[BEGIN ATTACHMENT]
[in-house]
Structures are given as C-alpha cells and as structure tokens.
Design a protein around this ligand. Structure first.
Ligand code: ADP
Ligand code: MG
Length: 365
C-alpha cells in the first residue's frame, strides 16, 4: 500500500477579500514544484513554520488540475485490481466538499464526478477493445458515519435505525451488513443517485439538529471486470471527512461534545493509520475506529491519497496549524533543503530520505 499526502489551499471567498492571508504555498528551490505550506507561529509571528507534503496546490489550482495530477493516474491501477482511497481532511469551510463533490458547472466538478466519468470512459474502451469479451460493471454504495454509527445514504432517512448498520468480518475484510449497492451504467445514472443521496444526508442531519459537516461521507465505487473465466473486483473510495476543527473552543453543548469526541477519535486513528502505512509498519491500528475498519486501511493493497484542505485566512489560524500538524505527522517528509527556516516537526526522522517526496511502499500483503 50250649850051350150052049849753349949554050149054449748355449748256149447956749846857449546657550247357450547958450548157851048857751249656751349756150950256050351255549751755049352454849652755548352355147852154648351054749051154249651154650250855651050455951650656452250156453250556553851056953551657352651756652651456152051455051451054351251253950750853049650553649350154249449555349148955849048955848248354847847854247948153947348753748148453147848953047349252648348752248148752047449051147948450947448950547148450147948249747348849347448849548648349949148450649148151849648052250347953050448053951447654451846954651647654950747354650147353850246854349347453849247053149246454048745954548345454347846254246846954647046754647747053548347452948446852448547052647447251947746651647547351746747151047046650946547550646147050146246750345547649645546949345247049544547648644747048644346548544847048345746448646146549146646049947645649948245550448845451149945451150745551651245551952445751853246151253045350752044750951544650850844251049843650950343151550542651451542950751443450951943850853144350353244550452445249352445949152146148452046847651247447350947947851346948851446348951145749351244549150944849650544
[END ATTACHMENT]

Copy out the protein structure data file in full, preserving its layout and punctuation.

[in-house]
Structures are given as C-alpha cells and as structure tokens.
Design a protein around this ligand. Structure first.
Ligand code: ADP
Ligand code: MG
Length: 365
C-alpha cells in the first residue's frame, strides 16, 4: 500500500477579500514544484513554520488540475485490481466538499464526478477493445458515519435505525451488513443517485439538529471486470471527512461534545493509520475506529491519497496549524533543503530520505 499526502489551499471567498492571508504555498528551490505550506507561529509571528507534503496546490489550482495530477493516474491501477482511497481532511469551510463533490458547472466538478466519468470512459474502451469479451460493471454504495454509527445514504432517512448498520468480518475484510449497492451504467445514472443521496444526508442531519459537516461521507465505487473465466473486483473510495476543527473552543453543548469526541477519535486513528502505512509498519491500528475498519486501511493493497484542505485566512489560524500538524505527522517528509527556516516537526526522522517526496511502499500483503 50250649850051350150052049849753349949554050149054449748355449748256149447956749846857449546657550247357450547958450548157851048857751249656751349756150950256050351255549751755049352454849652755548352355147852154648351054749051154249651154650250855651050455951650656452250156453250556553851056953551657352651756652651456152051455051451054351251253950750853049650553649350154249449555349148955849048955848248354847847854247948153947348753748148453147848953047349252648348752248148752047449051147948450947448950547148450147948249747348849347448849548648349949148450649148151849648052250347953050448053951447654451846954651647654950747354650147353850246854349347453849247053149246454048745954548345454347846254246846954647046754647747053548347452948446852448547052647447251947746651647547351746747151047046650946547550646147050146246750345547649645546949345247049544547648644747048644346548544847048345746448646146549146646049947645649948245550448845451149945451150745551651245551952445751853246151253045350752044750951544650850844251049843650950343151550542651451542950751443450951943850853144350353244550452445249352445949152146148452046847651247447350947947851346948851446348951145749351244549150944849650544